Tagged: american
  1. 30

    Jun 2015

    Jordie Bellaire

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    If there is a comic on the shelf right now not coloured by Jordie Bellaire, I have not seen it. This weekend, during a quick comic shop, I saw her name on Moon Knight, Convergence Shazam, The Kitchen, Injection and probably a bunch more I did not spot. Jordie Bellaire has been a familiar fixture of our comic shop shelves for much of the last two years. So prolific and wonderful is Ballaire, that last year the industry showed their appriciation in the form of an Eisner award. Which in 22 years only 10 other colourist have earned, Dave Stewart and Chris Ware claiming over half of the awards between them.

    Bellaire has worked with close to all of the big comic publisher on many great titles such as, Pretty Deadly, The Manhattan Projects, Nowhere Men, Zero, and Hawkeye. Along the way, enhansing the pages of many of my favourite current comic artist including Tom Fowler, Chris Samnee, Ramon Perez, Sean Murphy, Becky Cloonan and Emma Rios.

    Perhaps you have heard of Colorist Appreciation Day, well, you can thank Bellaire for that too!

    I started collecting comics in a bygone time called the 90s. Back then there was one stamp on the covers of comic far more important than the Comic Code Authority, which was Liquid!. Many of my favourite titles had it and thanks to their distinct logo, one could not miss it. It was the first time I took a real interest in colourist and that apprieciation has grown ever since. I thought at the time this was a shared feeling, however, jump forward 20 years and it seems like the industy and perhaps its audience have not shown colourist the same recognition. In a tumblr post by titled, “I’m mad as hell and I’m not going to take it any more” directed at an unnamed fan convention, Bellaire laid it out bare, stating the importanace of all professionals that work in comics, underlining the vital role that colourist play. The post gained the attention that the subject deserved and resulted in fans calling for a #ColoristAppreciationDay on Twitter and opened a discussion that continues today.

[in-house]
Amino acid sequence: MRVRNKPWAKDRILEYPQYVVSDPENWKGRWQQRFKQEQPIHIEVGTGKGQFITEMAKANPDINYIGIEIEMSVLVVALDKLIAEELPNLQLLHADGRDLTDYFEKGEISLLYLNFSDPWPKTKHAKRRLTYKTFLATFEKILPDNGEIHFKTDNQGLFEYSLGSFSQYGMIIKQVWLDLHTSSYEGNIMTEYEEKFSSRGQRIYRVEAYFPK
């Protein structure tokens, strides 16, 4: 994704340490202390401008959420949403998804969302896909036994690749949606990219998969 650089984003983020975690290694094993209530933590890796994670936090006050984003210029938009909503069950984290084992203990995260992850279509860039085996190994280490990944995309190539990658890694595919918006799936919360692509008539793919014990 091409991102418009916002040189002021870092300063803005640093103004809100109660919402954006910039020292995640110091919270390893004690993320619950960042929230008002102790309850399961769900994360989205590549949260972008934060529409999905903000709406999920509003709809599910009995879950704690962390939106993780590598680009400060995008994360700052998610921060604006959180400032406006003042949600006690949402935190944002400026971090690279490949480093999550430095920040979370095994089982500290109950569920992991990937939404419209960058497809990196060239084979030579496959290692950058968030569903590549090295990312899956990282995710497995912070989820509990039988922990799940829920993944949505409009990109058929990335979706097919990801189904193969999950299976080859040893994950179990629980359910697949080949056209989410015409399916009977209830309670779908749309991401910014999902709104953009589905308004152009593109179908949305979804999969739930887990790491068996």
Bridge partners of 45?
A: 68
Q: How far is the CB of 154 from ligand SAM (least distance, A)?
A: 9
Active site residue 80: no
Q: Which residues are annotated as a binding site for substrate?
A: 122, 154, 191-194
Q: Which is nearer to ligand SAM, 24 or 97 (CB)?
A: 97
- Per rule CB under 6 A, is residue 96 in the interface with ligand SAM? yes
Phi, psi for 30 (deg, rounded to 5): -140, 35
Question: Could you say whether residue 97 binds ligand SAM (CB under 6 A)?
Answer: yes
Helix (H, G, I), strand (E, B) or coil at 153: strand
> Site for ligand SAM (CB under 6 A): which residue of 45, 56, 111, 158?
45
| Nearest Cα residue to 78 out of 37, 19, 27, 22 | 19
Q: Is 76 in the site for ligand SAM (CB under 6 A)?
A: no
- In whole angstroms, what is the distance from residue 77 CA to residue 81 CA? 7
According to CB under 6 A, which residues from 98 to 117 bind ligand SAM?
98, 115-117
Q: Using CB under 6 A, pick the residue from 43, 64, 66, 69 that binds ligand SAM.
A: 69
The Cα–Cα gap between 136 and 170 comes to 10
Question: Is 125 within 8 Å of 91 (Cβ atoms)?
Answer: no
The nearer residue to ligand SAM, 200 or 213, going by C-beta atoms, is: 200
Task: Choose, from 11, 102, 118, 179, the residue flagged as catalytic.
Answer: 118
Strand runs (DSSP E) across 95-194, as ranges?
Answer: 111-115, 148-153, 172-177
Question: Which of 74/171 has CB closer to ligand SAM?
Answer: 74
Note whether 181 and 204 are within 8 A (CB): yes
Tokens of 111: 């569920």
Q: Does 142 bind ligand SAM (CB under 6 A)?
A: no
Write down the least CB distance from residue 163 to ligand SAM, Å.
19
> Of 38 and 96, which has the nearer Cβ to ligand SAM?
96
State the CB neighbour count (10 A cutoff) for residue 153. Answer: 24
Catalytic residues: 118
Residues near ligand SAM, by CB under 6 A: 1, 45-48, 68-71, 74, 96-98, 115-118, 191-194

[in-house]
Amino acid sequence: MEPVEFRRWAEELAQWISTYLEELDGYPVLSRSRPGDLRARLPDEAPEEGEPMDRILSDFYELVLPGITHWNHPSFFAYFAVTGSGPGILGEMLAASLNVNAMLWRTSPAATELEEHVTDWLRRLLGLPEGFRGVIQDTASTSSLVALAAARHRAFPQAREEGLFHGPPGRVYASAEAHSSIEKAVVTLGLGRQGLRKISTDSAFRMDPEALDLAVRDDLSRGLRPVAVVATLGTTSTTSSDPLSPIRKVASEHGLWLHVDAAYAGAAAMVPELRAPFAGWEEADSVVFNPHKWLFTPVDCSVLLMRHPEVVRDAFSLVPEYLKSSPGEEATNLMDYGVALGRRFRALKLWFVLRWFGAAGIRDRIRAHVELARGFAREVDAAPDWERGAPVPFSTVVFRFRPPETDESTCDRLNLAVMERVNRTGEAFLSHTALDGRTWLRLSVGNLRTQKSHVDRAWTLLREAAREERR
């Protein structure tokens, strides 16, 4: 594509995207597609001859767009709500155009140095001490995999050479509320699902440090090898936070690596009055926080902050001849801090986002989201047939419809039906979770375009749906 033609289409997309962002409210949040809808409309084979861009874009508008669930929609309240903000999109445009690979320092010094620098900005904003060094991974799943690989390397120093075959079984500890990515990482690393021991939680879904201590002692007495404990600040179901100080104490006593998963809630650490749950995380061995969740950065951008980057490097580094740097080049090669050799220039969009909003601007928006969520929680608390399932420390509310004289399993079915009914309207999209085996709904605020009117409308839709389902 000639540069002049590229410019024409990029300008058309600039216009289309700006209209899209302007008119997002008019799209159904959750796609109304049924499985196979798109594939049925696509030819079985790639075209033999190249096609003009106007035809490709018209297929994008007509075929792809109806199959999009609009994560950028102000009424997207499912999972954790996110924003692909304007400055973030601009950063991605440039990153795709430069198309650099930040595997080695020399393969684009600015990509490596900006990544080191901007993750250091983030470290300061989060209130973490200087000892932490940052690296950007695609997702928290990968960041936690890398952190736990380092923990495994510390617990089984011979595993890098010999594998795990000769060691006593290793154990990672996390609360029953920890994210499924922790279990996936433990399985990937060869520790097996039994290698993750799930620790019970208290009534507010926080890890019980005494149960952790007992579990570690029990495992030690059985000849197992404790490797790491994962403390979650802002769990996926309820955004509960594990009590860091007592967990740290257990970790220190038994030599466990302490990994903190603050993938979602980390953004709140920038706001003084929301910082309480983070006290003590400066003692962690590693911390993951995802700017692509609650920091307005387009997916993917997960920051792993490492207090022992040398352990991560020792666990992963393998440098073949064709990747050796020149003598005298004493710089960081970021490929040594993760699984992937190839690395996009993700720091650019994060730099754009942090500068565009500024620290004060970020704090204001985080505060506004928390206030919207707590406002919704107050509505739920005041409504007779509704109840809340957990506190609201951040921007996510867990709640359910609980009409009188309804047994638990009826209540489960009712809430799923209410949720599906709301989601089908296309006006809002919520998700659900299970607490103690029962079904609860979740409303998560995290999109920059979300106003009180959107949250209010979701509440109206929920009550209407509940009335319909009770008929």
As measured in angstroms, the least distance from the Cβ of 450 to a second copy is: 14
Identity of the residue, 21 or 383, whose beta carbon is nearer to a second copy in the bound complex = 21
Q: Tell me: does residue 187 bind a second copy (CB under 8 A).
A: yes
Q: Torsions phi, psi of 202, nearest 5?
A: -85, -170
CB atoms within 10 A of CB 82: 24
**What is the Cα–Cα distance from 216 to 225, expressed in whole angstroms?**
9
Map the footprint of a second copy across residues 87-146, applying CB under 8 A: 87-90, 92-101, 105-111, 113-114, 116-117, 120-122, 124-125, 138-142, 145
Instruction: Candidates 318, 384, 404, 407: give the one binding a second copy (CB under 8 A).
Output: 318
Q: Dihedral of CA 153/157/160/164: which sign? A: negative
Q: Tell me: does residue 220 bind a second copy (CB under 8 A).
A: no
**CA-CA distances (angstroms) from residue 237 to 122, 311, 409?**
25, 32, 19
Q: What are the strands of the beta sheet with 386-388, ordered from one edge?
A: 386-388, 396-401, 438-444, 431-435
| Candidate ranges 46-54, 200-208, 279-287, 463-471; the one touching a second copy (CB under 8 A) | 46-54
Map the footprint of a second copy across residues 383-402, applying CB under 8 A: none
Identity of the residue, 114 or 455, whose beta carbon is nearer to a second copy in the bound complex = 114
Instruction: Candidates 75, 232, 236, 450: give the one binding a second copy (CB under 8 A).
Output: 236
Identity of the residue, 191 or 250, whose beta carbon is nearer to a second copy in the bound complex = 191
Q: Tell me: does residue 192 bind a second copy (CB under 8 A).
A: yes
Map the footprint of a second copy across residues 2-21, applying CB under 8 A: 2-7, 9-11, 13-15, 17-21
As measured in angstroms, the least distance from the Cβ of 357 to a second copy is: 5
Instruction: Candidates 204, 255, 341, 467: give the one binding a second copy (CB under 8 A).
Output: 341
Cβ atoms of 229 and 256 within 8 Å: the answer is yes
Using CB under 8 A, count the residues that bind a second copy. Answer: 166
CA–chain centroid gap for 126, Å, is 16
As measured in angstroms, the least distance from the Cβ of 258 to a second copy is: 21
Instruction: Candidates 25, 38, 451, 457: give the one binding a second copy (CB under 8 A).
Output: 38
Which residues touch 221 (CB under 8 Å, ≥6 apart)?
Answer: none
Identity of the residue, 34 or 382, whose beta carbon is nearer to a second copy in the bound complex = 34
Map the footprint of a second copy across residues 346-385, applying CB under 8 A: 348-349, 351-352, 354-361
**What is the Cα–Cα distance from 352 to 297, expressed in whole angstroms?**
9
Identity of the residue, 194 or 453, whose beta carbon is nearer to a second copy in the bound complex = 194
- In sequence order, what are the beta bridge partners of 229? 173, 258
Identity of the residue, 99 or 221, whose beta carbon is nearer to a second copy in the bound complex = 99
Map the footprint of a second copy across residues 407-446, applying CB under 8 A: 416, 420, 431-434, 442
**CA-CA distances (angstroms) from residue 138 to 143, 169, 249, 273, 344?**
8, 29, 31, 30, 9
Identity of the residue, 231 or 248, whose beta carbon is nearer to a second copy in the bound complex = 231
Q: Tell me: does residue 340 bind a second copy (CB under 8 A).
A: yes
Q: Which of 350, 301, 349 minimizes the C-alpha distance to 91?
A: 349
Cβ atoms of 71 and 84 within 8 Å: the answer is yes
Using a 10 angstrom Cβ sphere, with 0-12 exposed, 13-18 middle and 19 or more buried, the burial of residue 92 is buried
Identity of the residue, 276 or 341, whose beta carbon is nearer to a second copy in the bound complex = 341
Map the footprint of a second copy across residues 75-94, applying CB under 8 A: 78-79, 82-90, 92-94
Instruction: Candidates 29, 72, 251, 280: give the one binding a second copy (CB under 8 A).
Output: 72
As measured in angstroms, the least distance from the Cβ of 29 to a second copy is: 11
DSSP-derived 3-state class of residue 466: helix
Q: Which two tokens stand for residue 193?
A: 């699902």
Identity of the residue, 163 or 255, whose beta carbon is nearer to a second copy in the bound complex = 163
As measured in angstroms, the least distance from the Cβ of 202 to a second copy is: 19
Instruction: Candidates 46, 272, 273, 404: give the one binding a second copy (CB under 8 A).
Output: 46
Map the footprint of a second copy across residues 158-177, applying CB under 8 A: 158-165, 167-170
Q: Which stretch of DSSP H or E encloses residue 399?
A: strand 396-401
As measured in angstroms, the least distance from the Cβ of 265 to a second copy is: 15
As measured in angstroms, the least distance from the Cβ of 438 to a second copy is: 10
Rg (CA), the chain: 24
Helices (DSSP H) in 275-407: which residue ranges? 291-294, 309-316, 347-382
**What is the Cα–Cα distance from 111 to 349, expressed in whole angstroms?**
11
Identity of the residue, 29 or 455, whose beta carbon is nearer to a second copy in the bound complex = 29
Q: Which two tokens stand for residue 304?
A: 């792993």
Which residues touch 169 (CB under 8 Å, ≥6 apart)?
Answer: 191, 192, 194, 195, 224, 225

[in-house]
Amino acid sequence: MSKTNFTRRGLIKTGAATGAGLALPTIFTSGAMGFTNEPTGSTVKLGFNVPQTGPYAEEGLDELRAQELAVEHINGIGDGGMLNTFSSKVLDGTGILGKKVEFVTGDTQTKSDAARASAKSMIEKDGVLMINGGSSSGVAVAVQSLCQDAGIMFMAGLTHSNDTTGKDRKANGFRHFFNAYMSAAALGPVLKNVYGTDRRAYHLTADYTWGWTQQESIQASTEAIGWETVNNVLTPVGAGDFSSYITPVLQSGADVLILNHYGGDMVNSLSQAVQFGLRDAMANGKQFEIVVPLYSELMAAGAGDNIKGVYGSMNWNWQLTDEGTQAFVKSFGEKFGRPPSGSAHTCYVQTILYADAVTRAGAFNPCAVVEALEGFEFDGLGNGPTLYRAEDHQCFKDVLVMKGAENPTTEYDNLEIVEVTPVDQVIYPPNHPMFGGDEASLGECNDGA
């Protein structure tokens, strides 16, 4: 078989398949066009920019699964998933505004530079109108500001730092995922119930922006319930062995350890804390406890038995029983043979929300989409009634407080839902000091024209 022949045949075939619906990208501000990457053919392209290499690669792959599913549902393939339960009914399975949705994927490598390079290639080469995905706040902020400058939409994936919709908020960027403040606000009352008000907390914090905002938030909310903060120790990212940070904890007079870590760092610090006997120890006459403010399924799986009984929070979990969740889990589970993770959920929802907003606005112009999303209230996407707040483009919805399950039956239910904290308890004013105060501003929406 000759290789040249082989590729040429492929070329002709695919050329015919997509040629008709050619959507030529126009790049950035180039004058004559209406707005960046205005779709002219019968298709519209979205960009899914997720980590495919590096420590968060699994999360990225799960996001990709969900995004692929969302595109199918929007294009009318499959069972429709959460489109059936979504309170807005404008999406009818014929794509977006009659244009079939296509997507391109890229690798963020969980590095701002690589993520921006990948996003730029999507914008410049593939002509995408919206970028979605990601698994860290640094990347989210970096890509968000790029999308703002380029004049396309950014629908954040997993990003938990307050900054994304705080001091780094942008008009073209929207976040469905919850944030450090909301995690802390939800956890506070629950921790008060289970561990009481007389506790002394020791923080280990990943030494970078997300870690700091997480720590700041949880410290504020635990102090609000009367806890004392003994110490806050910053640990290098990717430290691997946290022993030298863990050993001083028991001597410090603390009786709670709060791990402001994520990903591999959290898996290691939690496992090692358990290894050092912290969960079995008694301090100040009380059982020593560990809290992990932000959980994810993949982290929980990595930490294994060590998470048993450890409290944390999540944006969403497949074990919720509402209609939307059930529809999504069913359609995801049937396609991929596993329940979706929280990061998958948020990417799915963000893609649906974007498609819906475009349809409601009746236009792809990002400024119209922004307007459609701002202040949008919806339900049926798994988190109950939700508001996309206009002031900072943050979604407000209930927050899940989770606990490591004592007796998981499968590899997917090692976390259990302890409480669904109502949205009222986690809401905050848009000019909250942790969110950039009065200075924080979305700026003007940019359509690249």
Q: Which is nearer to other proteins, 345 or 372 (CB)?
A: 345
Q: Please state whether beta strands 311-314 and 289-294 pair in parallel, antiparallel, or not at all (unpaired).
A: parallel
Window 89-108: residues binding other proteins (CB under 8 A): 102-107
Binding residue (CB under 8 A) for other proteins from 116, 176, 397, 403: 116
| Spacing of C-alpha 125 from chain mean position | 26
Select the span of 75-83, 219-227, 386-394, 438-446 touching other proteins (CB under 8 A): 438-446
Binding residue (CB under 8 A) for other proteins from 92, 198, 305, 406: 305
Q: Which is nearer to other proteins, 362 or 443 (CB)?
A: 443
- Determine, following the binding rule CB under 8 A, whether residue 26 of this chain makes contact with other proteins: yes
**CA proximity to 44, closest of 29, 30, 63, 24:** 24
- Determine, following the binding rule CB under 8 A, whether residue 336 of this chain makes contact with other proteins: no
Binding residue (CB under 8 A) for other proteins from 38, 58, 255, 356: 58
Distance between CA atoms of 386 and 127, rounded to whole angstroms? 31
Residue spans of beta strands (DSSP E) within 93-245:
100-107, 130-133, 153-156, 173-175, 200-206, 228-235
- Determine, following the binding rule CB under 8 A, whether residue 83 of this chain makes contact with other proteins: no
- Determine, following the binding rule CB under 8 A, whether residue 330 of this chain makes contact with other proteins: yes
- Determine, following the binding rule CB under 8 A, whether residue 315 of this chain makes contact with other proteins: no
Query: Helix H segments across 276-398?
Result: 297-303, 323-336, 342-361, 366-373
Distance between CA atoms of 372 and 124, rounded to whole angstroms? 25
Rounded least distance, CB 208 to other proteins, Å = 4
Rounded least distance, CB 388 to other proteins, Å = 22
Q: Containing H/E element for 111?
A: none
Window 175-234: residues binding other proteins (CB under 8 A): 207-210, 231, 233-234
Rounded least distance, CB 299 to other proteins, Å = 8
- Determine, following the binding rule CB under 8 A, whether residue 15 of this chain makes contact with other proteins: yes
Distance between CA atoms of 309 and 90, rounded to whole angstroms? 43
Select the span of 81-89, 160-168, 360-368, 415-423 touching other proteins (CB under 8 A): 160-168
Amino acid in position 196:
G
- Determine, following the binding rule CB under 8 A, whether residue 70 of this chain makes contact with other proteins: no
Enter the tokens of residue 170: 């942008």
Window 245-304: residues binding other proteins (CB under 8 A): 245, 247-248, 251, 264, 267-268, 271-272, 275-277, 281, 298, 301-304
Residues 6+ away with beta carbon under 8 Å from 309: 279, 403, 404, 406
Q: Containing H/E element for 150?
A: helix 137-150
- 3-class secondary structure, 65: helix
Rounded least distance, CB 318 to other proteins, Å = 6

To see more of Jordie Bellaire’s work, simply go to your comic shop and pick a comic up from the shelf, chances are she coloured it. You can also check out her tumblr and twitter.

  2. 21

    May 2015

    Julie Dillon

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    Two-time Hugo Award and Chesley Award Winner, Julie Dillon is a freelance artist from Northern California. In 2005 she graduated with a BFA in Fine Arts from Sacramento State University. Then a year later she had begun working as a freelance artist professionally. Specialising in sci-fi and fantasy art, Dillon has created artwork for trading cards, book covers, magazines, and even perfume labels. Clients including Simon & Schuster, Tor Books, and Penguin Books.